The strict royal rule that means King Charles can confiscate his grandchildren’s toys

Sometimes royal protocol feels a little bit mean...

King Charles, Prince George, Princess Charlotte and Prince Louis
(Image credit: Ian Vogle/WPA Pool/Getty Images and Dan Kitwood/Getty Images)

Due to strict royal protocol, King Charles III is free to confiscate any gifts his grandchildren are given, though we hope he doesn't actually enforce this rule...

We've all felt a small hint of jealously as someone opens a wonderful gift, wishing the item was your own. We may feel ashamed of the fact, but it's painfully true. Luckily for King Charles, and unluckily for all other members of the Royal Family, he doesn't have to be jealous at their presents as it is within his power to take any gift given to a member of the Royal Family and keep it for himself! 

Ok, there are some limitations to this rule and we're sure he's not taking toys off of Prince George, Princess Charlotte and Prince Louis, though there are some incredibly fun looking toys that we wouldn't mind messing around with ourselves. 

There are many strict rules governing how royals should behave on official engagements, from what they should wear to how much PDA is deemed an acceptable amount. But there is a little-known rule that many overlook. According to OK! Magazine, there is seven-page handbook detailing the rules around receiving presents as a royal including when they can accept them, when they must reject or return them and how they are recorded.

Even more annoying than having to reject a present is the fact that, for the royals, any gift they're handed does not actually automatically belong to them. Instead, the monarch gets to decide what to do with it.

Kate Middleton

(Image credit: Getty)

OK! Magazine reports that the Royal Family's own rules explain, "Gifts are defined as official when received during an official engagement or duty or in connection with the official role or duties of a member of The Royal Family.

"Official gifts are not the private property of the Member of The Royal Family who receives them but are instead received in an official capacity in the course of official duties in support of, and on behalf of The King."

This means that all the sweet teddy bears and thoughtful presents that were sent to the Palace or gifted to Prince William and Kate when George, Charlotte and Louis were born actually belong to King Charles, not his grandchildren. However, we're sure that most gifts are kept by the royal they're handed to, with the official guidance sharing that all gifts are registered on an official 'gift received form' to record everything  that has been given to the royals.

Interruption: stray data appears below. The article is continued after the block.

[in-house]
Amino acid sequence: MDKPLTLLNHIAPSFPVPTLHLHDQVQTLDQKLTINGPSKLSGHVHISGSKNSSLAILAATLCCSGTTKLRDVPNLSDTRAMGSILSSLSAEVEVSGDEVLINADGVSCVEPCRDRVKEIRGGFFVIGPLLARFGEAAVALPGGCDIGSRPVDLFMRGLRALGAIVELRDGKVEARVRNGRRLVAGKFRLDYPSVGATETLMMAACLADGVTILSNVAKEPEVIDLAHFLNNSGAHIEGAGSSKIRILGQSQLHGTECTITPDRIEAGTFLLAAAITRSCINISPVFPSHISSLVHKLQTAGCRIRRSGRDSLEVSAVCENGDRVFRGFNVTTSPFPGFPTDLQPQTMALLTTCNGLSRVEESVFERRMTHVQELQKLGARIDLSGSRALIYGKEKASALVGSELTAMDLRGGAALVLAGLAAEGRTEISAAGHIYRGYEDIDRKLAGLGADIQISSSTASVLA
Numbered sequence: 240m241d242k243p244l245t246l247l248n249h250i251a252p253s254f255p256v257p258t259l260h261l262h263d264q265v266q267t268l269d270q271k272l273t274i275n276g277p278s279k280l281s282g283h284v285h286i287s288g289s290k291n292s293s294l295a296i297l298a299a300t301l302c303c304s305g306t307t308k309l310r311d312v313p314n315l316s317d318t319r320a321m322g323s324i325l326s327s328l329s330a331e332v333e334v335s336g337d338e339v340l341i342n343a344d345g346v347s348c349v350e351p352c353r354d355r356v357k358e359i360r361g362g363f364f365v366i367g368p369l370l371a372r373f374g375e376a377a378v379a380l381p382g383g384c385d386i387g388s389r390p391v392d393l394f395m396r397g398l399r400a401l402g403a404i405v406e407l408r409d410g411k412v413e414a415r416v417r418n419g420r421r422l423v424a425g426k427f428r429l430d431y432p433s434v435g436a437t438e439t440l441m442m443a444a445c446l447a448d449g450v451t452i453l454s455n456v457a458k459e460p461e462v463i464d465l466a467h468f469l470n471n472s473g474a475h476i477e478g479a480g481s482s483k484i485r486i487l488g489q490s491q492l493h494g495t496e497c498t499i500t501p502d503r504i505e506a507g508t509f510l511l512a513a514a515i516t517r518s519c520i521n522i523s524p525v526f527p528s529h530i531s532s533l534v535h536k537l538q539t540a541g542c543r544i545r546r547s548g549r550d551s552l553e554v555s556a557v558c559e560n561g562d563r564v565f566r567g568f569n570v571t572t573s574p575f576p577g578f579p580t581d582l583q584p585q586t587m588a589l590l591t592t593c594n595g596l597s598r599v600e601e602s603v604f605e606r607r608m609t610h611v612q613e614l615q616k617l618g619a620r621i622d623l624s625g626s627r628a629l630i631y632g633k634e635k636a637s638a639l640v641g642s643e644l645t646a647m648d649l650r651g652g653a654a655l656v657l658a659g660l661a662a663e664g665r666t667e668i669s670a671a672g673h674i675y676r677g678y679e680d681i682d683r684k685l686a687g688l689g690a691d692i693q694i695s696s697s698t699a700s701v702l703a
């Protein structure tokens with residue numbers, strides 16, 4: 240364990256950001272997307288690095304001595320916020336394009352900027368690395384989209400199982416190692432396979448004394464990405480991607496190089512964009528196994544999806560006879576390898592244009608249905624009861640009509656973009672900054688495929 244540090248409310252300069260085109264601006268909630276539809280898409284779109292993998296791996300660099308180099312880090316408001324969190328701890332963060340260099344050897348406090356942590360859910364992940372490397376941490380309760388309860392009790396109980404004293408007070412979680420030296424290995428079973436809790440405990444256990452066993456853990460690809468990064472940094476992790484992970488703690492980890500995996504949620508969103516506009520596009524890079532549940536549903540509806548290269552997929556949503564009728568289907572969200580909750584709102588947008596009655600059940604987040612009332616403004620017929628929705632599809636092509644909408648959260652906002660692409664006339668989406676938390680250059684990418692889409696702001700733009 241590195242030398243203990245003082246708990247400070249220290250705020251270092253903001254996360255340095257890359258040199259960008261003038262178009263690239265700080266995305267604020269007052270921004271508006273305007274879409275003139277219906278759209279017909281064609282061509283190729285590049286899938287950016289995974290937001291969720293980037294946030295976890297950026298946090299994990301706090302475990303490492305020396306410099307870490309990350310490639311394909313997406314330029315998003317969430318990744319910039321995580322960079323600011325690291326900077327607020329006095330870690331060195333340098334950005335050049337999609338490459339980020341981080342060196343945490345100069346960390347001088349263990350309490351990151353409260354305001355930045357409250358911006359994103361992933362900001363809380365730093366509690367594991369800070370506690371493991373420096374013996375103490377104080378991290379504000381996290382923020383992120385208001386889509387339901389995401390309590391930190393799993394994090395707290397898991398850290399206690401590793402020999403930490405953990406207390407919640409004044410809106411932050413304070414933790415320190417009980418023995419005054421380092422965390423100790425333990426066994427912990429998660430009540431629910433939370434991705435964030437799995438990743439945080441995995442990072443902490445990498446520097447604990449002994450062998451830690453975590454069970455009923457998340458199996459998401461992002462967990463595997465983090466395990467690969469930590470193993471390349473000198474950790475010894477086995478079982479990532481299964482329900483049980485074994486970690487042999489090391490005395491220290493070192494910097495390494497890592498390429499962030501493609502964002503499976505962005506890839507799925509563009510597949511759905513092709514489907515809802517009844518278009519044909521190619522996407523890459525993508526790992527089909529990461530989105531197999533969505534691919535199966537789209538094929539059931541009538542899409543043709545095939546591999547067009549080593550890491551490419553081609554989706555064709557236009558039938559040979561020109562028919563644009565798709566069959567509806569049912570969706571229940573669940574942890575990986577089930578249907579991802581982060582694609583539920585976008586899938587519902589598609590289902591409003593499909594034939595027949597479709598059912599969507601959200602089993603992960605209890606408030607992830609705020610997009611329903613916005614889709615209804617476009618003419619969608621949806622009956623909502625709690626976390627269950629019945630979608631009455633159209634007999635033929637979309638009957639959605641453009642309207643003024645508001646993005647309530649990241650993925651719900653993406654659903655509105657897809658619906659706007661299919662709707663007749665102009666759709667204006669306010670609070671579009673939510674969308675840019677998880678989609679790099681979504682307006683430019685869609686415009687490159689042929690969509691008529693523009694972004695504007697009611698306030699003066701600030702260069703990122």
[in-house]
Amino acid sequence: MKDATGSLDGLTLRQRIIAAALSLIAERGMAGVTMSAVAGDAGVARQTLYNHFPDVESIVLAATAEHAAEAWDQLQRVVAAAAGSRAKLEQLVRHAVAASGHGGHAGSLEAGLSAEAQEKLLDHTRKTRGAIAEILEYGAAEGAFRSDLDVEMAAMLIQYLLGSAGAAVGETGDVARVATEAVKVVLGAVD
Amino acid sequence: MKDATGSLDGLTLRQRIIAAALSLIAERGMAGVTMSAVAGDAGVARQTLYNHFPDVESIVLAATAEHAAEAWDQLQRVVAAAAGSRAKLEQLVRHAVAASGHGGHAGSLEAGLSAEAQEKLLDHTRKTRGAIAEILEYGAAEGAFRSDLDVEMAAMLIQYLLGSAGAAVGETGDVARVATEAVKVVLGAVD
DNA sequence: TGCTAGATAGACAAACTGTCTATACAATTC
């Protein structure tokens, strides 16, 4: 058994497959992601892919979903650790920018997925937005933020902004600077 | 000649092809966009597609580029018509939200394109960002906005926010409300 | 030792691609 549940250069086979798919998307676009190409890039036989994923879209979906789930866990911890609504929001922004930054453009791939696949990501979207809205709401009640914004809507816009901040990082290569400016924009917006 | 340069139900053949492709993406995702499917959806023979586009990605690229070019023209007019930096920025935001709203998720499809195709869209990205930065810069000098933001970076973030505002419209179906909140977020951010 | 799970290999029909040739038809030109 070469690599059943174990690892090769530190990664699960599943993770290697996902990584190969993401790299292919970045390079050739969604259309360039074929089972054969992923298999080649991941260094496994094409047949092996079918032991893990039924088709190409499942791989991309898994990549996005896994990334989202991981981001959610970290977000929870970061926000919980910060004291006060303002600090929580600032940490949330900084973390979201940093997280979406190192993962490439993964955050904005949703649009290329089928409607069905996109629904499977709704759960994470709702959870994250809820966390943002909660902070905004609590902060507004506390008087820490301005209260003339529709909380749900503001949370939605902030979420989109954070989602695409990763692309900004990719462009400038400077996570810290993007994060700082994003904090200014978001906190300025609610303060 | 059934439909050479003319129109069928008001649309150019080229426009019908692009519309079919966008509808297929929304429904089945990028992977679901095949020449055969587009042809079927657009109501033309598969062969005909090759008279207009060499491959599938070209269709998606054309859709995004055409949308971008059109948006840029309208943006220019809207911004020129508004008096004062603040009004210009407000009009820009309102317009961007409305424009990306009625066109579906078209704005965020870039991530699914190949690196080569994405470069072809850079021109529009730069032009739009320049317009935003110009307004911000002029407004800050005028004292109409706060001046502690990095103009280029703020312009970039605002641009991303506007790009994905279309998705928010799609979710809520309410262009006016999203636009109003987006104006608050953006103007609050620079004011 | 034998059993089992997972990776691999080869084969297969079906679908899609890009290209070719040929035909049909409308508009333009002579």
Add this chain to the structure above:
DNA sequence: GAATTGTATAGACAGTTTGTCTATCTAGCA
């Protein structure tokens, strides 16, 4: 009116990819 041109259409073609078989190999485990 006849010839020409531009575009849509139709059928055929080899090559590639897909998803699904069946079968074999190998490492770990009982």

Thankfully, the strict rule does not apply to birthday or Christmas presents exchanged within the family or King Charles may have kept the £18,000 first birthday gift Prince George received and have a hoard of teddy bears and board games in a cupboard at home. 

King Charles

(Image credit: Ben Stansall - WPA Pool /Getty Images)

The most notable gift handed to royals during engagements is flowers. But what do they do with such an abundance of floral bunches? According to Keith Roy with the Monarchist League of Canada, the flowers are 'always reused'.  He revealed to OK! Magazine that they tend to be given to charities or churches so they don't go to waste and Kate Middleton often takes some of them back to her own home to add colour into the decor.

If they receive flowers while on royal tour in different countries, the flowers are donated to local charities, churches and organisations. 

The rules around toys that are received as gifts are much more strict. Any toys handed to a member of the family must first undergo a rigorous security test and, if they pass the inspection, the royal can then decide what to do with it, if King Charles decides he doesn't want to keep it. 

The gift must be valued at a price under £150 if the royals want to give it to a member of staff or if they want to donate it to charity. However, if it's a really good present, the royal can always choose to keep it for themselves.

Charlie Elizabeth Culverhouse
Royal News and Entertainment writer

Charlie Elizabeth Culverhouse is royal news and entertainment writer for She began her freelance journalism career after graduating from Nottingham Trent University with an MA in Magazine Journalism, receiving an NCTJ diploma, and earning a First Class BA (Hons) in Journalism at the British and Irish Modern Music Institute. She has also worked with BBC Good Food and The Independent.